A South African man on Saturday successfully flew across the sea from former South African president Nelson Mandela’s apartheid island prison using helium-filled giant party balloons.
The 6km crossing, to raise funds for a children’s hospital named after the former president, was the first stunt of its kind from the historical site.
Matt Silver-Vallance, 37, took about an hour to float across the Atlantic Ocean from Robben Island, while harnessed to a mass of multicolored balloons in gray, drizzly conditions with low visibility.
Making his way wearing a wetsuit, he floated a few meters above the sea, with controls for flight including bags weighted with water and an air gun and make-shift spear to pop balloons.
“Wow, that was crazy,” he said, saying he felt “unbelievable” after landing in a rubber duck between 300m and 400m from shore once the balloons were released.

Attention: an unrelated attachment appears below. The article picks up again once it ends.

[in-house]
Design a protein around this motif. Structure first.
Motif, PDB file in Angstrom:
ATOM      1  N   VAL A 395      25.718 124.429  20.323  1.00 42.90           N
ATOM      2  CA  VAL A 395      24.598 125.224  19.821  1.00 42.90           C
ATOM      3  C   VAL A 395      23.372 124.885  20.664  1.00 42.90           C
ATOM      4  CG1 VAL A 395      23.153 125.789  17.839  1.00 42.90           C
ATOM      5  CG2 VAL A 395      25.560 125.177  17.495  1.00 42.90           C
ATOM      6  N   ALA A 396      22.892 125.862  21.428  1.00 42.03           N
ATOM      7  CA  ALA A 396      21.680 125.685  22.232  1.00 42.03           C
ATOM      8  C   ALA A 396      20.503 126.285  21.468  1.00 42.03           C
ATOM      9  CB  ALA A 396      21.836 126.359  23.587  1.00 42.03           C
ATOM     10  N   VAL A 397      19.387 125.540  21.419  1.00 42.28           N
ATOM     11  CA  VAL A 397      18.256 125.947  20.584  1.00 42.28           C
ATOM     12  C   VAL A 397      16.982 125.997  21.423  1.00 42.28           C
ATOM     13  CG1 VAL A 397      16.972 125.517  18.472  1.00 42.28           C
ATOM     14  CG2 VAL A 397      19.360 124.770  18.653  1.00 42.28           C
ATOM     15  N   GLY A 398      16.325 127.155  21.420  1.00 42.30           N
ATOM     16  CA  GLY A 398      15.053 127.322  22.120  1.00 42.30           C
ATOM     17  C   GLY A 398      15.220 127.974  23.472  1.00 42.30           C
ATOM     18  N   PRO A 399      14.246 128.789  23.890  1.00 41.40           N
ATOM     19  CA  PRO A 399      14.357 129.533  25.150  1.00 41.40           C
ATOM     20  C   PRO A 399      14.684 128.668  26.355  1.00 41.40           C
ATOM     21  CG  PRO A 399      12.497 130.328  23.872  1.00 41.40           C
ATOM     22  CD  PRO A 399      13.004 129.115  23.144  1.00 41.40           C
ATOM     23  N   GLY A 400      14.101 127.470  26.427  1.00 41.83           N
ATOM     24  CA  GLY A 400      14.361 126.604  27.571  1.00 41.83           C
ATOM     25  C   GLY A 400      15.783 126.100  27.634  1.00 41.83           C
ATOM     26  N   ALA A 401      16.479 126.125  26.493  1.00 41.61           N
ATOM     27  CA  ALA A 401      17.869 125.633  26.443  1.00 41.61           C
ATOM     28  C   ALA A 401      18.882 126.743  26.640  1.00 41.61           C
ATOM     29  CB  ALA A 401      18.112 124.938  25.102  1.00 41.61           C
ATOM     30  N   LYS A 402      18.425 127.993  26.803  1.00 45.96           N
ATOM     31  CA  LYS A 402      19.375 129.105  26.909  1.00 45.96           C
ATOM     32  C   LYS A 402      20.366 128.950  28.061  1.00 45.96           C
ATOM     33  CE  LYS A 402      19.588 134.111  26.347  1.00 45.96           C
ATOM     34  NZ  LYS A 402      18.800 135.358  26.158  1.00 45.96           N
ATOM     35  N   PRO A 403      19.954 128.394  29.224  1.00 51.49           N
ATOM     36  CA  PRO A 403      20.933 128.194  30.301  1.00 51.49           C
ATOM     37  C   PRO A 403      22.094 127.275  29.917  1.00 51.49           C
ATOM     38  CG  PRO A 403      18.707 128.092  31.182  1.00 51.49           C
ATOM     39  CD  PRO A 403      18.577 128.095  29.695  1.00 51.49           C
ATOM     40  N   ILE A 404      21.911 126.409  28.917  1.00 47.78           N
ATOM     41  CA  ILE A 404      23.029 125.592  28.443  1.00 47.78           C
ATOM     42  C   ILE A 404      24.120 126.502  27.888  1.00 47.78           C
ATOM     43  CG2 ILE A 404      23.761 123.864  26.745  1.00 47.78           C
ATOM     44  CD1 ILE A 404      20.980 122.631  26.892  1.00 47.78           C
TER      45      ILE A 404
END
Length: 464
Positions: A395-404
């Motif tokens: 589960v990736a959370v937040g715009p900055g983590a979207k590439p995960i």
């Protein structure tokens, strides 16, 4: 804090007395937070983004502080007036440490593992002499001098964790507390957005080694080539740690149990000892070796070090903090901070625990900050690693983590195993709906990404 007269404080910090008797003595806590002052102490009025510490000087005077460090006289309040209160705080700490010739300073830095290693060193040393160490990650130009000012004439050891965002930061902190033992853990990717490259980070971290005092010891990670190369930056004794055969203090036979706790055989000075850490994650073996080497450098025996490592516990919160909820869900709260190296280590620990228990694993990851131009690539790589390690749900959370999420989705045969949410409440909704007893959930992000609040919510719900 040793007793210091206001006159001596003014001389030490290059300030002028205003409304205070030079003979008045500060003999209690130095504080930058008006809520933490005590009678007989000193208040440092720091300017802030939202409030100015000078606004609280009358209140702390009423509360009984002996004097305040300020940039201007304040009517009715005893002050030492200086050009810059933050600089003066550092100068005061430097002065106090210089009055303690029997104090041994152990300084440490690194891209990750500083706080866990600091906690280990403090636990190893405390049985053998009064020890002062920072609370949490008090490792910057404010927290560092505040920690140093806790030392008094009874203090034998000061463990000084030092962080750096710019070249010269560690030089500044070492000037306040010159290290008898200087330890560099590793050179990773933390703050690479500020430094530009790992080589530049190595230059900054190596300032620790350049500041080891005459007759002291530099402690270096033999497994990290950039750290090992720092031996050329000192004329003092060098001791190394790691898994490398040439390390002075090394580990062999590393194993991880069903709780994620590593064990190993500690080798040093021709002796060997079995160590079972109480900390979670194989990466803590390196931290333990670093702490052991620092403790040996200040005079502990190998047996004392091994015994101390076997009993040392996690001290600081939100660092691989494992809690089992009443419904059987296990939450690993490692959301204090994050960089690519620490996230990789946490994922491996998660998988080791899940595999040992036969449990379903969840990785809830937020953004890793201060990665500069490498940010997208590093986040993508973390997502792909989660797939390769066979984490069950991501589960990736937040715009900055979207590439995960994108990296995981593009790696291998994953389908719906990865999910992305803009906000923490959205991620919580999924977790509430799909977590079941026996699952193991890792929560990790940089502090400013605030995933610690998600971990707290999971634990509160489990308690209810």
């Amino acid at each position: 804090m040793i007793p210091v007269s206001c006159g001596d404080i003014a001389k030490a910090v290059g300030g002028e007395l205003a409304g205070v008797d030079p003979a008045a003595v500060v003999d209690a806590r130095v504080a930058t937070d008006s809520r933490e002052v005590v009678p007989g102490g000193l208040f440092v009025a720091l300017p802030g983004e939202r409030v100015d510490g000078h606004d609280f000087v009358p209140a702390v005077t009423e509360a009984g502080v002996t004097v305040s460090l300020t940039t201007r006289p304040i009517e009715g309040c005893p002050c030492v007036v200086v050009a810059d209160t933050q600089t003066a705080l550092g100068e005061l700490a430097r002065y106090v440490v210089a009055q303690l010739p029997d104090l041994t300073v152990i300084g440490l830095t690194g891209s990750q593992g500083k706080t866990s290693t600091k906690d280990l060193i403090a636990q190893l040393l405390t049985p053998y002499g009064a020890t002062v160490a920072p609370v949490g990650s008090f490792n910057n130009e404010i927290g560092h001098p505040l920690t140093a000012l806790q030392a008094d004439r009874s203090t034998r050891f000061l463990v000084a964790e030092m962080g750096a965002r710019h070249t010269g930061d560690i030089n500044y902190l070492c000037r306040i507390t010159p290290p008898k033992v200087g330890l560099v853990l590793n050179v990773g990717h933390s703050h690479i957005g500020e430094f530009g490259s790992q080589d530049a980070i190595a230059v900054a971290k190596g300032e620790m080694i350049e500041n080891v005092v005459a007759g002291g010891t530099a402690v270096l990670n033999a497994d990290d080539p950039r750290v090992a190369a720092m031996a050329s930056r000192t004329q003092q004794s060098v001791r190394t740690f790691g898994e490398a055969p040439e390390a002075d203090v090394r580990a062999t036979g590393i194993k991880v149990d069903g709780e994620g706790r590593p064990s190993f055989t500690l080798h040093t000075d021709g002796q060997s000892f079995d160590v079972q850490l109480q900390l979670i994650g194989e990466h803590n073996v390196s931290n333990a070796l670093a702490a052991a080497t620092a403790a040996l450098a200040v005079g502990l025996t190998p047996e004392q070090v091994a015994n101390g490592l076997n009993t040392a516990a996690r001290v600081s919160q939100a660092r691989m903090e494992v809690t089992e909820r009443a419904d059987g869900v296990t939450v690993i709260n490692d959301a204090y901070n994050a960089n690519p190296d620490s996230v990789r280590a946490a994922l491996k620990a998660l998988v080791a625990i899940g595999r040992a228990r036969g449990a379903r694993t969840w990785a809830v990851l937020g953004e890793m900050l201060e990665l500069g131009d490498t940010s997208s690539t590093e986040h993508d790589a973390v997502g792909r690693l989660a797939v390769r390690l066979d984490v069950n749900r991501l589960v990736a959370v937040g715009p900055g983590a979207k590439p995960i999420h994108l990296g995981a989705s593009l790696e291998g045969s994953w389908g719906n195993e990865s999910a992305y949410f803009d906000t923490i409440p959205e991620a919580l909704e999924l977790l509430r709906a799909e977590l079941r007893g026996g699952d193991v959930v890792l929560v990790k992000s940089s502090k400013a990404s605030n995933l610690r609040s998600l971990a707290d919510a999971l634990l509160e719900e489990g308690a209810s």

“Don’t try this at home,” he added.
With no test run ahead of lift-off, a total of 160 balloons were inflated on the island early on Saturday morning, with several popping ahead of departure.
Silver-Vallance popped about 35 more balloons during the trip to manage his equilibrium. A hard ground landing was ruled out as too risky.
The daring mission aimed to raise 10 million rand (US$1.1 million) for the Nelson Mandela Children’s Hospital, which will be built in Johannesburg.
“We’re trying to raise as much money [as possible] for the Nelson Mandela Children’s Hospital and we really see this project as a catalyst,” Silver-Vallance said ahead of take-off.
The hospital will be part of Mandela’s legacy and the balloon run was a “small thing” to try to remind people of everything the 94-year-old anti-apartheid icon had done, he said.
“The risks that I’m taking are tiny compared to the risks that he took,” Silver-Vallance said, adding he did not consider himself a daredevil.
When asked what message he had for Mandela, an emotional Silver-Vallance said: “I think like most South Africans we all love him very much.”
He said he hoped the flight “could bring a smile to [Mandela’s] face.”
Later, after the flight, Mandela was discharged from hospital after being admitted 10 days ago for a bout of pneumonia.
The Nobel Peace Prize recipient spent part of his 27 year imprisonment on Robben Island, which is now a museum.
There have only been 12 previous such balloon flights in the world — two of which were fatal — according to Silver-Vallance, who now lives in Britain.